Maintaining Good Credit

Finance, Home & Family
on September 25, 2005

Your credit rating affects more than your finances and your ability to secure a loan at the best possible interest rate. Property and casualty insurers sometimes use credit scores to predict risk potential, and a growing number of employers pull credit reports as a way to predict responsibility and dependability. Simply put, good credit can make many areas of your life easier. Here’s how to develop and maintain the best credit rating possible:

Pay your bills on time.

Timely payments are the most important rule for maintaining good credit. If you can’t remember to pay your bills, enroll to have creditors automatically deduct payments from your checking or savings account.

Keep account balances low.
Even if you can pay off large balances, avoid them if possible. High balances signal potential risks to creditors.

Apply only for credit you need.

Each credit application generates a “hit” to your record, increasing your risk as a borrower. Especially avoid applying for credit cards six to 12 months before applying for a major loan. When it comes to credit cards, it’s best to have one long-standing account, which demonstrates stability.

Use credit responsibly.

Credit is a tool to obtain things usually hard to pay for in cash—a home or car—not a license to increase your standard of living. Never apply for credit you can’t afford to repay. Avoid spending more than a third of your income on all debt, including mortgages, credit cards and consumer loans.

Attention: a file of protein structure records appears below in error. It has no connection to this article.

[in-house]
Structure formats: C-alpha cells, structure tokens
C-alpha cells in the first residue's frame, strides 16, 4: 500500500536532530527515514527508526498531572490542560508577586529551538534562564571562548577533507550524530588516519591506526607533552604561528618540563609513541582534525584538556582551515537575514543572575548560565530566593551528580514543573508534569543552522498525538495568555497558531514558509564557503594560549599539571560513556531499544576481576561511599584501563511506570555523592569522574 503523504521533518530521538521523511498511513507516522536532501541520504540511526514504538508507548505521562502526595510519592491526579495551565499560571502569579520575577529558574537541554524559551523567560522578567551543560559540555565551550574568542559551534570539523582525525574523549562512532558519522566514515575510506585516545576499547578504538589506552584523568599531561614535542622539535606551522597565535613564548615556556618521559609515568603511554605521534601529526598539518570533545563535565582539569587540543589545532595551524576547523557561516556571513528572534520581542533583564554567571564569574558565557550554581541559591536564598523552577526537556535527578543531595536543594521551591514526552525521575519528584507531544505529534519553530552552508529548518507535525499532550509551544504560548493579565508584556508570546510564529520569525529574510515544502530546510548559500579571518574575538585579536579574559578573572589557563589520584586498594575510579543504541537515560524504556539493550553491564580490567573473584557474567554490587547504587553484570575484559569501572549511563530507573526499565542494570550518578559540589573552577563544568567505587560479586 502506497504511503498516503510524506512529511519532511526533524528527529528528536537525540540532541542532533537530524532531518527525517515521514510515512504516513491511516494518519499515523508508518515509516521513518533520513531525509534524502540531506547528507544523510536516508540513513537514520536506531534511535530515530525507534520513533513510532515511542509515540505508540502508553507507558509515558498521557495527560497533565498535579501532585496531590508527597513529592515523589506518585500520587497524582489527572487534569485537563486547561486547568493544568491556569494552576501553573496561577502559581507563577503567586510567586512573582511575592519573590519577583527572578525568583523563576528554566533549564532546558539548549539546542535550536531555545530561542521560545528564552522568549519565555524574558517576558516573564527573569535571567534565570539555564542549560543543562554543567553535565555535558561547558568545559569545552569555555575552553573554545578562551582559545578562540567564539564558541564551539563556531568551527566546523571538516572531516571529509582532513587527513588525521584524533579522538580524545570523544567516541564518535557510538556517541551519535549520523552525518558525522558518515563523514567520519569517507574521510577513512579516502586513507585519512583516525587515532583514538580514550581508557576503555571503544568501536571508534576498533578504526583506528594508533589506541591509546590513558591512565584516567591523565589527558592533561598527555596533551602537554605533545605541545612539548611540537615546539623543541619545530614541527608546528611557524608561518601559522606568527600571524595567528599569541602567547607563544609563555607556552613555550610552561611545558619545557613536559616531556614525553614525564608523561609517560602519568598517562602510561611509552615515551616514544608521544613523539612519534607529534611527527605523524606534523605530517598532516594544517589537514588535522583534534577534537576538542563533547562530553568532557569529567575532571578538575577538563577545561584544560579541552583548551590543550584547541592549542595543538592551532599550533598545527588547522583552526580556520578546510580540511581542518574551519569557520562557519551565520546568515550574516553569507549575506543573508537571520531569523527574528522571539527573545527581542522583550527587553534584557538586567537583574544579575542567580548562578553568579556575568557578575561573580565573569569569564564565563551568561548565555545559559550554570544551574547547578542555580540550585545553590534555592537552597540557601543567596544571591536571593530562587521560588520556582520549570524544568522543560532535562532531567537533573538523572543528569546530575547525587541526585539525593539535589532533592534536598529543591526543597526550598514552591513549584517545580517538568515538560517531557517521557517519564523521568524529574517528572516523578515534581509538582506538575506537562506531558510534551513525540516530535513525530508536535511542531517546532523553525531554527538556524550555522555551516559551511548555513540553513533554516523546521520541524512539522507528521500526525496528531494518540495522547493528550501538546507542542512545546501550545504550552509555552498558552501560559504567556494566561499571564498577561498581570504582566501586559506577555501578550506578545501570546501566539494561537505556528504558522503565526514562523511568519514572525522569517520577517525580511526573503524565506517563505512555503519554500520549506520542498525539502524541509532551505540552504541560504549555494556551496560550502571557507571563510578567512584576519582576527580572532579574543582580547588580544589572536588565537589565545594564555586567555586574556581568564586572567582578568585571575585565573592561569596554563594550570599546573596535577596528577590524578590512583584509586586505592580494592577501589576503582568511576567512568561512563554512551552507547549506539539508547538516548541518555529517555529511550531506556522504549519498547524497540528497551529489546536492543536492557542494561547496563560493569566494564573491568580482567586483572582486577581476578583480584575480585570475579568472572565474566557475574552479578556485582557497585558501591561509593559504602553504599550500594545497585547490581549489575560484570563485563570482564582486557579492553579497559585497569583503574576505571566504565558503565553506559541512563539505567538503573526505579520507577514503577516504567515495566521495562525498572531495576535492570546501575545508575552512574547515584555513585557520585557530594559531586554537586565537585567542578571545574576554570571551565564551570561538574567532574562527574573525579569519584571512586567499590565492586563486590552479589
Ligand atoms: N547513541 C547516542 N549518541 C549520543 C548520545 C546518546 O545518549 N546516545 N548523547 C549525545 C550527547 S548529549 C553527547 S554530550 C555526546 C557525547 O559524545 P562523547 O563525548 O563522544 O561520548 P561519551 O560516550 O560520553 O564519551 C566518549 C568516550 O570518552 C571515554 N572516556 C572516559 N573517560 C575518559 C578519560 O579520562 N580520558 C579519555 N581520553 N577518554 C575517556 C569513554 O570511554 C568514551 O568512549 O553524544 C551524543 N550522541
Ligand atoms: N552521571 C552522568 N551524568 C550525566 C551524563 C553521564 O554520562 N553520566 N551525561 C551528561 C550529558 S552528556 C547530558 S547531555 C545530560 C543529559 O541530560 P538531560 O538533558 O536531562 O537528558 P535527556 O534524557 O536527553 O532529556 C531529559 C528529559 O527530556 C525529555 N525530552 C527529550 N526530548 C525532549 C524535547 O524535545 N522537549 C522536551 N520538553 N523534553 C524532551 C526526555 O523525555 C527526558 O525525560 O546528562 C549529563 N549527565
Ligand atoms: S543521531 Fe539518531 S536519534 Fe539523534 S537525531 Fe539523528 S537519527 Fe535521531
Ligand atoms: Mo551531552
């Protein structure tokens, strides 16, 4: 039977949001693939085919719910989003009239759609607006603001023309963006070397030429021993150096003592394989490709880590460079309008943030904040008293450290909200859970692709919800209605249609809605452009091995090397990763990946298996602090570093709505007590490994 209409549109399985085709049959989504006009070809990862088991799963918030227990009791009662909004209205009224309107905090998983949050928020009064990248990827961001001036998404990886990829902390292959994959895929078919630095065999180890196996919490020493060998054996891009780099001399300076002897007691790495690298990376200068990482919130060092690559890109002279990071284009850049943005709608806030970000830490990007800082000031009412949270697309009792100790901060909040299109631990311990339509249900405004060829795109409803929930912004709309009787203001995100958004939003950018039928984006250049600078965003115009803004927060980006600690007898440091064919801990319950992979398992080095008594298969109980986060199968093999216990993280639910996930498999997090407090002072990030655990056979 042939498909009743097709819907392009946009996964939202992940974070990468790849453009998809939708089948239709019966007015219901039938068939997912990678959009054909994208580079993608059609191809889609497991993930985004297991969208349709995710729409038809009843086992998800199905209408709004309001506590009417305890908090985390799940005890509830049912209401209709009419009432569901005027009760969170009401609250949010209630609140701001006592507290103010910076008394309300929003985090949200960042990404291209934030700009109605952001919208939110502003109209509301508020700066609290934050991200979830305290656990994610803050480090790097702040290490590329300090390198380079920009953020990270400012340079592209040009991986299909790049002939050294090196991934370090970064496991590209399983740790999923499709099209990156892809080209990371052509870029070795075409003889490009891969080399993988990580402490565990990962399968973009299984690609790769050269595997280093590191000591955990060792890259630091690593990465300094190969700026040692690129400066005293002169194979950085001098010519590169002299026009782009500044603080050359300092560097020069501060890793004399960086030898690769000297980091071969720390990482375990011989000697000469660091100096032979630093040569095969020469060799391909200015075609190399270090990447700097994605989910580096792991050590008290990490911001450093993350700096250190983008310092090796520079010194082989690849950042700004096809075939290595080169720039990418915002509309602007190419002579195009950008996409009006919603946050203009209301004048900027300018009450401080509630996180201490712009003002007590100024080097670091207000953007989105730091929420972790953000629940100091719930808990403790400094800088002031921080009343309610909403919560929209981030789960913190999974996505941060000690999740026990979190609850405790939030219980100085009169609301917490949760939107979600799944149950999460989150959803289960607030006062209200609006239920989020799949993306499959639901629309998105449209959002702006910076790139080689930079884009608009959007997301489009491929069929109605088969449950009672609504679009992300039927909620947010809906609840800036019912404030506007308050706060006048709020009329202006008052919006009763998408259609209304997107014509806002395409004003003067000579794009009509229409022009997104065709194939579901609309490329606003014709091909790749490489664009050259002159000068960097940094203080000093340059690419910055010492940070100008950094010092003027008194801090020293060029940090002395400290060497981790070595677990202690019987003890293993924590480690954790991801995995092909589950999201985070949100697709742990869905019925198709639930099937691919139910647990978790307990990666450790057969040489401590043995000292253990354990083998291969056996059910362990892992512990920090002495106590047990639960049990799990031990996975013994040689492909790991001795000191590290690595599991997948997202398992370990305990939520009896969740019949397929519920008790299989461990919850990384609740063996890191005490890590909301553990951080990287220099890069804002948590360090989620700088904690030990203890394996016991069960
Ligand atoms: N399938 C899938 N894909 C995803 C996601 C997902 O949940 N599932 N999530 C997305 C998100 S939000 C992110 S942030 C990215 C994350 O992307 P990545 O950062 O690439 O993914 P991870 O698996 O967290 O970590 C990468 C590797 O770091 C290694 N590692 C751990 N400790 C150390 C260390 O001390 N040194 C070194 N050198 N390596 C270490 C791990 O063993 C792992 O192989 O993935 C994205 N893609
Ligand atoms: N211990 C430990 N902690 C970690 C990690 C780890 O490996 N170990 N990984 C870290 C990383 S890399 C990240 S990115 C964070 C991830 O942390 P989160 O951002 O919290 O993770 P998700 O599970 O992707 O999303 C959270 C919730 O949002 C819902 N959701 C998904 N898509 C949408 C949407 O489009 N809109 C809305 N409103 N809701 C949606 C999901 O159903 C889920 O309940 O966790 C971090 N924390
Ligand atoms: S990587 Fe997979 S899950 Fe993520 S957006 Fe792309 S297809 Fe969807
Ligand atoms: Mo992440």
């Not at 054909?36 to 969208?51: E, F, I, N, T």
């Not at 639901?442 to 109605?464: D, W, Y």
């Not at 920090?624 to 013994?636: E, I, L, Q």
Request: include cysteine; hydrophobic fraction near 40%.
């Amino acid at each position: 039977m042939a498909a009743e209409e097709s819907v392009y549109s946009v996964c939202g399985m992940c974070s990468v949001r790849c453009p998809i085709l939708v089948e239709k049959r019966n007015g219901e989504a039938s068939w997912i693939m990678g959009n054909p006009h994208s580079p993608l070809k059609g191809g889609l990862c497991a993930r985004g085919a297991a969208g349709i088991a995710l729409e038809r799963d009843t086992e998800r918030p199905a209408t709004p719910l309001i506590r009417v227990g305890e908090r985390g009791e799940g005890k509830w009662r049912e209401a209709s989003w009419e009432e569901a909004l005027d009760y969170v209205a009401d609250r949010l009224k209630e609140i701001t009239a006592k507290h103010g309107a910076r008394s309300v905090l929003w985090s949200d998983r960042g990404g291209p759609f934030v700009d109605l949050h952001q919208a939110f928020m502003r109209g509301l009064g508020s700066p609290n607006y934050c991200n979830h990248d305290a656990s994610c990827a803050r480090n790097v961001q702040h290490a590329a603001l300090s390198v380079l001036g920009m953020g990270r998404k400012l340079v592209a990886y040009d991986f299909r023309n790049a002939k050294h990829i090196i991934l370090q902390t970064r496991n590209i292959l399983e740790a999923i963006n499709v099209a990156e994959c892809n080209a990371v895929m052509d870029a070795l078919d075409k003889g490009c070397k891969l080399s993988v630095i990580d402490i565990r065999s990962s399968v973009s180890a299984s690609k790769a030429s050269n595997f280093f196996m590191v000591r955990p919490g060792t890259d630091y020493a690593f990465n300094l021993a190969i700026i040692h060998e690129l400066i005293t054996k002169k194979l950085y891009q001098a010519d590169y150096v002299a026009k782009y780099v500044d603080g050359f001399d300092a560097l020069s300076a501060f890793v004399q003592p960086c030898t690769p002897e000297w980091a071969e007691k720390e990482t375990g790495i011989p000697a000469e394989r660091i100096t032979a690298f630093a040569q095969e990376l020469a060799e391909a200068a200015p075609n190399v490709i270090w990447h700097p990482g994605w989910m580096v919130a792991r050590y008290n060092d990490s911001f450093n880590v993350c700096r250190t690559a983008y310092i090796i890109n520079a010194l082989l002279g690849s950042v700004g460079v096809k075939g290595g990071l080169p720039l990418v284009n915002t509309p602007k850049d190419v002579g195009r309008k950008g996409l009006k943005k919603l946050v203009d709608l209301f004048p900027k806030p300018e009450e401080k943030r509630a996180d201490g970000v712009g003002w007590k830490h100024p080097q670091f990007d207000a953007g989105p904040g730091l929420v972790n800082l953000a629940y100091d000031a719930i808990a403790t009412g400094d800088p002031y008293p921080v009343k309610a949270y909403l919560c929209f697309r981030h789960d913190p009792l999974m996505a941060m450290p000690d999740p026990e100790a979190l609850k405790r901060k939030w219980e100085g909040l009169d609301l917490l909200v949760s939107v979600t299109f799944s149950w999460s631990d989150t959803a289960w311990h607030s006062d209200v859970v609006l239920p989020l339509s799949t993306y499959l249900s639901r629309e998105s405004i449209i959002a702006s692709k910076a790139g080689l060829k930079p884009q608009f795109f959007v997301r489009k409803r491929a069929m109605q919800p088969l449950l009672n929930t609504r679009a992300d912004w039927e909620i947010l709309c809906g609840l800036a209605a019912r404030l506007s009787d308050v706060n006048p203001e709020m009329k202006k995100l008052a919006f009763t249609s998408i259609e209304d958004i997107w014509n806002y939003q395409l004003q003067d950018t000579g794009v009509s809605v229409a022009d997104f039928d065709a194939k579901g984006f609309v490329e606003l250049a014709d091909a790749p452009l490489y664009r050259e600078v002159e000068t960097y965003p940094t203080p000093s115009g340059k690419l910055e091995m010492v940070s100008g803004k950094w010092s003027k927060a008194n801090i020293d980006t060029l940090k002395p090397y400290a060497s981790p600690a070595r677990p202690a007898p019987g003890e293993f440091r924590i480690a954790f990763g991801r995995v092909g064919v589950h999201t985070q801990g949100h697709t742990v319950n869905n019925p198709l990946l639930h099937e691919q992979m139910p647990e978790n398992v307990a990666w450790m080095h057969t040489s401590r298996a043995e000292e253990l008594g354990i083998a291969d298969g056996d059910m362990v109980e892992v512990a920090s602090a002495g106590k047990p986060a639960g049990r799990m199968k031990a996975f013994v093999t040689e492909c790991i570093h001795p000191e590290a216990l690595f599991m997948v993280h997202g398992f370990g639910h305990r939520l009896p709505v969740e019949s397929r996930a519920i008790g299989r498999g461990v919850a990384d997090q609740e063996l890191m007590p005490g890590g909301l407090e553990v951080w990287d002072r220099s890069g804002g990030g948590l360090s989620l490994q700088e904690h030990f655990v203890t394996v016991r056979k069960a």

Avoid financial “disasters.”

Bankruptcy, court judgments, evictions, loan delinquencies, major, unshrinking debt, and collection actions are killers. Any of these can cause damage you’ll regret for years.

Check your credit report regularly.

Because credit scores come from your credit report, make sure it’s accurate. Check your report annually with all three major reporting agencies: Experian (888) 397-3742; TransUnion: (800) 888-4213; and EQUIFAX: (800) 685-1111. Get errors corrected and take care of old balances and collections. To learn about an annual free credit report, visit

Work with your creditors.

If you do have money problems, alert creditors promptly and seek an arrangement that eases your immediate debt while preserving a good credit standing.

Establish credit in your name.

Even if you are happily married, you should have at least one major credit card in your legal name (Betty Smith, not Mrs. John Smith) to establish your financial identity.

Don’t co-sign for major purchases such as automobiles, appliances or general loans.

Co-signing a loan for someone else makes the debt part of your credit history. If the primary debtor defaults, you are obligated to repay any outstanding balance.

Your credit report is more than your financial history—it’s how others see you as a person. A good credit rating will not only allow you financial freedom and flexibility, but also will give you peace of mind knowing that your reputation is in good standing.